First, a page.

2019 Year in Preview

Why the politics will continue to favor protections for Americans with pre-existing conditions

In the midterms, Republicans tried to walk back their opposition to guaranteed issue, while health care worked as an issue for Democrats.

Richard Mark Kirkner
Contributing Editor

So much love was shown in the last election cycle—love for people with pre-existing health conditions—even from people whose actions haven’t shown a whole lot of love. A number of erstwhile suitors walked back their opposition to the idea. Look at Missouri Attorney General and now Republican senator-elect Josh Hawley, who declared his love for people with pre-existing conditions even though he’d joined a lawsuit with 19 other Republican attorneys general challenging the ACA and its protections for people with pre-existing conditions.

The most graphic flip may have belonged to Arizona GOP Rep. Martha McSally. In her hotly contested race for Sen. Jeff Flake’s seat against Democratic Rep. Kyrsten Sinema (which Sinema won by a slim margin of less than two percentage points), McSally said she was “leading the fight to … force insurance companies to cover pre-existing conditions,” even though she’d voted multiple times to repeal the ACA, and, according to the Associated Press, urged her caucus in a closed-door meeting in 2017 about ACA repeal to “get the f---ing thing done.” But before the election, on Sean Hannity’s radio show, McSally said, “I’m getting my ass kicked” for those ACA repeal votes.

Larry Levitt

“Once people with preexisting conditions, who are a very sympathetic group, have been guaranteed coverage, it’s really hard politically to take it away,” says Larry Levitt.

That may be because most Americans, like a lot of Republicans who ran in November, had already fallen in love with the idea. Kaiser Family Foundation (KFF) polling has found that overwhelming majorities say it is “very important” that the ACA’s protections for people with pre-existing conditions (75%) remain. Even 58% of Republicans agree.

The polling is easy to understand when you consider how many Americans have what might be considered a pre-existing condition. KFF estimated that 27% of adults, ages 18 to 64, and almost half (47%) of the pre-Medicare age group (60-to-64-year-olds) have what could be deemed a pre-existing condition that would have led to either a higher premium or outright denial of coverage in the individual market prior to the ACA. “I think what we found is that once people with pre-existing conditions, who are a very sympathetic group, have been guaranteed coverage, it’s really hard politically to take it away,” says Larry Levitt, a KFF senior vice president and a senior health policy adviser in the Clinton White House.

In less polarized times, that scenario could bring opposing sides together to craft a compromise. Can all the love shown for pre-existing conditions inspire a similar kumbaya between a Republican Senate and Democratic House? Don’t bet on it.

There are three paths forward in 2019 and the years beyond for preserving protections for pre-existing conditions:

1) Nothing much happens legislatively to the ACA protections while the lawsuit brought by Hawley and the other Republican attorneys general makes its way through the courts. The Trump administration’s Department of Justice has joined the lawsuit, known as Texas v. Azar, but 17 states have intervened to fight it and defend the ACA.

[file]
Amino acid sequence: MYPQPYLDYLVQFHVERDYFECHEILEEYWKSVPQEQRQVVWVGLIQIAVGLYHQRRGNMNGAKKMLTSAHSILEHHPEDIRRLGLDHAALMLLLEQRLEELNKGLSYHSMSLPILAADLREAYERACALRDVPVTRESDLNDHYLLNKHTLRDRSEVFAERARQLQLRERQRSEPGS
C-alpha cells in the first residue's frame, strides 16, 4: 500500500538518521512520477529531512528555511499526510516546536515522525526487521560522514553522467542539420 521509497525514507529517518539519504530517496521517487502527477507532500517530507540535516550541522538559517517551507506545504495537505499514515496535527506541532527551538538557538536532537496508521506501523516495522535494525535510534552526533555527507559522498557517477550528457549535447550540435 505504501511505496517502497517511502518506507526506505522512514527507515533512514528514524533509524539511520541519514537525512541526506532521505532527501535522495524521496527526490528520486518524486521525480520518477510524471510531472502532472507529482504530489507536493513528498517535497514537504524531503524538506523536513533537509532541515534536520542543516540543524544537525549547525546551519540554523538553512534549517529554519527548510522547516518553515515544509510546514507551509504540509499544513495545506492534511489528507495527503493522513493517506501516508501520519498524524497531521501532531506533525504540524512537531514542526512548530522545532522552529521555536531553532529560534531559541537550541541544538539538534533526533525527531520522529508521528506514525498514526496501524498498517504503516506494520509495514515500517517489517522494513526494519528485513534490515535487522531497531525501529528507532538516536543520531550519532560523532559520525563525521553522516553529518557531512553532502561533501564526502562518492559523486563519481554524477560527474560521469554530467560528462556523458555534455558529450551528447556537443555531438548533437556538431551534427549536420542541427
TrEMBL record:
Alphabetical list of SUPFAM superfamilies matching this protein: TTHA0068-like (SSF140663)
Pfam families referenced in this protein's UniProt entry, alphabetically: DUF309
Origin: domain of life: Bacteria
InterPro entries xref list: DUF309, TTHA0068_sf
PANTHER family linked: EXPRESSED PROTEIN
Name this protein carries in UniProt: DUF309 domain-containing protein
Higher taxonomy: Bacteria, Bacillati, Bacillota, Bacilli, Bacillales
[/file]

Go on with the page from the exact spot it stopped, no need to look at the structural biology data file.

2) ACA subsidies are increased to lure more people into the individual market to moderate premiums. “But the tradeoff is more government spending, and that money has to come from somewhere,” Levitt says. Rate this a longshot, partly because it would take legislation. Besides the ACA individual market seems to have stabilized for now. Lawmakers in both parties may figure if it ain’t broke, don’t fix it.

3) Republican ideas for preserving protections for pre-existing conditions get enacted. This probably won’t happen through Congressional action—see number two—but the Trump administration could pursue a regulatory pathway to dismantle pre-existing coverage through the ACA’s Section 1332 innovation waivers. As the Center on Health Insurance Reforms notes, these waivers could allow states to permit insurance products that don’t meet the ACA’s minimum coverage for pre-existing conditions.

This path fits with Republican legislative ideas. The Health Policy Consensus Group—a group of conservative wonks working on an ACA alternative—proposes requiring states to cover pre-existing conditions while giving them more flexibility to do so. Doug Badger of the Heritage Foundation, a member of the group, says the ACA’s guaranteed issue provision comes at a cost of driving up premiums and scaring otherwise healthy people out of the market.

“Our view is that states are far better equipped to deal with those issues than the federal government,” he says. “The federal government’s foray into that market has priced out millions of people.” The proposal would redirect the ACA’s spending on premium tax credits and Medicaid expansion to help states set up risk mitigation mechanisms—like reinsurance and high-risk pools—to protect people with high-cost health conditions, he says.

“The common denominator is to focus public resources on people with pre-existing medical conditions and with chronic illnesses,” Badger says. “Don’t try to spread the cost of covering them onto other policy holders, because the cost of that course, which is what the ACA did, is to price the product out of reach of a lot of people.”

Another idea the consensus group offers to lure younger, healthier people into the individual market: repeal the ACA’s 3:1 age-rating requirements.

Turns out, there are many different ways to profess one’s love for people with pre-existing conditions. To paraphrase Pat Benatar, love can be a battlefield.


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